Taking advantage of transitory headlining status, the powerhouse blues-y triad delivered a well-received hour-and-a-half set filled to the brim with tersely performed tunes from their critically hailed debut, Stairs & Elevators, and its enduring ’06 follow-up, All This Time.
Inspired by Ray Charles, Aretha Franklin, and a boatload of subordinate Rhythm & Blues sanctities, singer-guitarist Erika Wennerstrom belted out original hard rockers in a convincingly husky contralto. Always verging on the edge of despair, volatile opener, “No Pointing Arrows,” oozed with drone-y sub-Sabbath guitar-bass sludge, reaching an excruciatingly determined zenith as Wennerstrom’s cigarette-coarsened moan crept up from beneath the floorboards to way above the sympathetic crowd. Despite their loudly pungent sound and ruthlessly villainous moniker, these ‘supposed’ Heartless Bastards are actually a shy, friendly cadre, offering very little ‘tween-song chatter and assuming no postures while Wennerstrom laid bear emotional conviction.
“I didn’t really listen to rock until about age sixteen. Nobody I knew really paid attention to it,” Catholic-schooled Dayton native Wennerstrom confessed afterwards. “I’m not into church, but I’m really into (Gospel legend) Mahalia Jackson. I heard of her from a Christmas album that had “Go Tell It On the Mountain.”
By way of Gospel, Wennerstrom felt secure plying her grandiose pipes to hard luck Blues, giving a firm woman’s perspective to the weathered “Feel So Old,” a gloomy minimalist mantra done in a scruffy timbre cognizant of southern R & B practitioner R.L. Burnside – an amazing feat (especially coming from the mouth of a diminutive midwest blonde). Yet she never succumbs to mere abrasive contemptuousness, maintaining sharp-knifed certitude while bleeding sorrow and pain.
“Everybody has their own pain. I think pain is relative,” she claims, deflecting any overbearing heartache endured then transposed through anguished lyrics. “I complain about a million things that happened to me. But I guarantee there are people who’ve suffered worse.”
Perchance, one of those sufferers was influential wheelchair-bound slide guitarist, Cedell Davis, a fellow Fat Possum Records artist whose latent career found a ripened ‘90s audience after years of neglect. Nonetheless, Wennerstrom also admits to having a hankering for fellow underground Ohio rockers Guided By Voices and Braniac – two prematurely defunct outfits that toured ceaselessly not unlike these busy Bastards.
Perhaps mostly reminiscent of tragic cosmic blues figure Janis Joplin, Wennerstrom sings with the same raggedy heart-on-the-sleeve fervor and converses in a similarly elucidated fragile twanged drawl. An unadulterated urgency constantly enriches her vitally projected haunted pining. Stormy polar discontent (“so cold in the winter”) and dusky escapism curdle bewitching numbers such as “Into The Open,” where she intermittently turns to piano for somber retreat. Quite possibly, her band may have sold millions had they existed right after Joplin’s exquisite Pearl dropped in ‘70.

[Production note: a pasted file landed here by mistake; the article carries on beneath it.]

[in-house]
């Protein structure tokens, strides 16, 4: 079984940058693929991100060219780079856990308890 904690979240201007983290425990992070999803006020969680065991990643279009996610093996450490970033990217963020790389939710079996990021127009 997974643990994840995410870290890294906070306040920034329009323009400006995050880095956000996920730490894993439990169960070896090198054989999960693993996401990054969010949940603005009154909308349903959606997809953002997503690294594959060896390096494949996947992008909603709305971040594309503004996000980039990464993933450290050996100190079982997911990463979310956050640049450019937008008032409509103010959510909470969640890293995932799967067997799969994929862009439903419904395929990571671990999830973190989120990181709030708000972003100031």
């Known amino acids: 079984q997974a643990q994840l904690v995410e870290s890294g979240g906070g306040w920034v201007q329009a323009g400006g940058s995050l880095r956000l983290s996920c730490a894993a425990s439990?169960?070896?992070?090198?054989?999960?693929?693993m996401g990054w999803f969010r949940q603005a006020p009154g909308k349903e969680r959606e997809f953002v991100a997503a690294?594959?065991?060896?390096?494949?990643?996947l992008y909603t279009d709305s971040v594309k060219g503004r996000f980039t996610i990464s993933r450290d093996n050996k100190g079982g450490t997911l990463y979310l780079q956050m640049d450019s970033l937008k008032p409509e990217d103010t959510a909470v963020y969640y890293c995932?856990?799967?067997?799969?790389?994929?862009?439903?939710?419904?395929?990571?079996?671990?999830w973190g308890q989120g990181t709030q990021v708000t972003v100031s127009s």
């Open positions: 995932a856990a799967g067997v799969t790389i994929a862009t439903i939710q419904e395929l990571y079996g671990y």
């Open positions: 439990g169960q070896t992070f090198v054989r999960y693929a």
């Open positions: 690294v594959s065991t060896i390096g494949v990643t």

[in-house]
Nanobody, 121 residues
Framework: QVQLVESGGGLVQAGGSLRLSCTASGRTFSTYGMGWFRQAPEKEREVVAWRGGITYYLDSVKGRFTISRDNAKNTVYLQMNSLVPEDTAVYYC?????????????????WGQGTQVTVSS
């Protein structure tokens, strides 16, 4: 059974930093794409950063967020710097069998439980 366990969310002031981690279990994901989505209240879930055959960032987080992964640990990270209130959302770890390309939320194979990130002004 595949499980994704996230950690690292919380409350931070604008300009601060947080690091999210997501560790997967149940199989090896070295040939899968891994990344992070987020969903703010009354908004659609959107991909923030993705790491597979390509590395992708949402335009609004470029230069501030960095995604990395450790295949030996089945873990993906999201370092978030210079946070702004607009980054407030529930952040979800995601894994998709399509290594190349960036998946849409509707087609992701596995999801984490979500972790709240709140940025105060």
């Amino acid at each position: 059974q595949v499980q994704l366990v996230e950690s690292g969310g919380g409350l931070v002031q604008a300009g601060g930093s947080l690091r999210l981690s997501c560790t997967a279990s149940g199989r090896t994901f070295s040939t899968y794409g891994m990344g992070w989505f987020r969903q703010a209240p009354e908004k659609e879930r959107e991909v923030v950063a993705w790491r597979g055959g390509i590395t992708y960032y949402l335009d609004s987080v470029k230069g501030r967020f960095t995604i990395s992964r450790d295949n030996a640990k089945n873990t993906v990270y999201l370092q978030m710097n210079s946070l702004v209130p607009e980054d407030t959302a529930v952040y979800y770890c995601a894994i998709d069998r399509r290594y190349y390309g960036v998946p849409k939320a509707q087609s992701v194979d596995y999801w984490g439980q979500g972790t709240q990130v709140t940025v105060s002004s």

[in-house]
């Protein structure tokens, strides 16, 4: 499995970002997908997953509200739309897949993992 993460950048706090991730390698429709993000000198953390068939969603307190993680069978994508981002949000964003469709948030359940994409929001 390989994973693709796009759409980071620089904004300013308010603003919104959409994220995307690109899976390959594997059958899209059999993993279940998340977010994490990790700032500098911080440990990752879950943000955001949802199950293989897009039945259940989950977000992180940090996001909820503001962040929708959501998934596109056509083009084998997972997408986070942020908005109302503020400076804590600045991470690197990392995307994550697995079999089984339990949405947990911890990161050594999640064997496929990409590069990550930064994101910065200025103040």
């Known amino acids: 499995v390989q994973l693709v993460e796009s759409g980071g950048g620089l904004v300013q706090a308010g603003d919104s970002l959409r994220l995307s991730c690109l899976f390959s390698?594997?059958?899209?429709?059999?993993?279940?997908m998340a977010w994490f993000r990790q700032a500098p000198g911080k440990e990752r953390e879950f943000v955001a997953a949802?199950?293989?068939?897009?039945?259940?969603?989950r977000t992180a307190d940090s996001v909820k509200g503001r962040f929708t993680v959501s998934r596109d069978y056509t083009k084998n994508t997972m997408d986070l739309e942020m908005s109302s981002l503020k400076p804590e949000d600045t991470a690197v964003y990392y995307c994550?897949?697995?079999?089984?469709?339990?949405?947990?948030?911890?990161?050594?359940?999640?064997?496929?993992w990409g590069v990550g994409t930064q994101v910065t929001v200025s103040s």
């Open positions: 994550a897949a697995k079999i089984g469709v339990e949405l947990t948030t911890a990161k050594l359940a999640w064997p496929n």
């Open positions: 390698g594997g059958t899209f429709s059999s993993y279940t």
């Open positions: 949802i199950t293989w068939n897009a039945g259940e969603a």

Thankfully, the efficient rhythm section of bassist Mike Lamping and drummer Kevin Vaughn provide plentiful gusto, safeguarding their distressfully self-effacing primary damsel to the hilt. Together a mere four years, the Heartless Bastards have already accomplished plenty. Hanging around veteran performers such as Lucinda Williams and James Mc Murtry could only help seal their fate as semi-famous subterranean homesick blues-rockers.
HEARTLESS BASTARDS TAKE ON MANHATTAN
One cold March night at cozy New York club, Mercury Lounge, blues-y Cincinnati trio the Heartless Bastards warm up a thicket of curious patrons with a durable set of supple tunes from their excellent debut, Stairs And Elevators (Fat Possum). Led by Fender guitarist Erika Wennerstrom’s huskily whined contralto, the amiable combo flawlessly ran through a flurry of resolute bittersweet lamentations ripe for the picking.
Plying her skillful fretting to sparingly swelling arrangements, the bantam blonde-headed filly belted out aching emotion-drenched lyrics that captured all the heartache and pain a dreary existence as a Dayton teen could bring forth. Meanwhile, stoic bassist Mike Lamping stood hunched over, eyes almost closed, plucking dense chords. And hefty bald drummer Kevin Vaughn, buried behind his kit, splattered blunt beats and cymbal tings, filling any empty spots necessary to complement Wennerstrom’s sepulchral tear-stained squawks.
On Stairs And Elevators, inviting opener “Gray” finds Wennerstrom spewing anguish, leaning on the distortion pedal for emphasis. She drags out vowels like vamping punk dowager Patti Smith for the tart “Onions,” seeks clear-eyed “Autonomy” overcoming ominous obstacles and childhood tribulations, and remains hopeful atop the rippling percussive patter encircling doggedly empowered “New Resolution,” all the time steadfastly spouting cautious optimism. “Swamp Song” indirectly salutes Oxford, Mississippi’s rudimentary Country blues men, such as fellow label mates R.L. Burnside and T Model Ford, with blustery axe wielding tumult and adroit rhythmic execution. Similarly, lowdown hoedown “Done Got Old” leans closer to nearby Appalachian mountain folk tradition. Fans of the Heartless Bastards previous tour buddies, the Black Keys and Drive-By Truckers, will not be disappointed.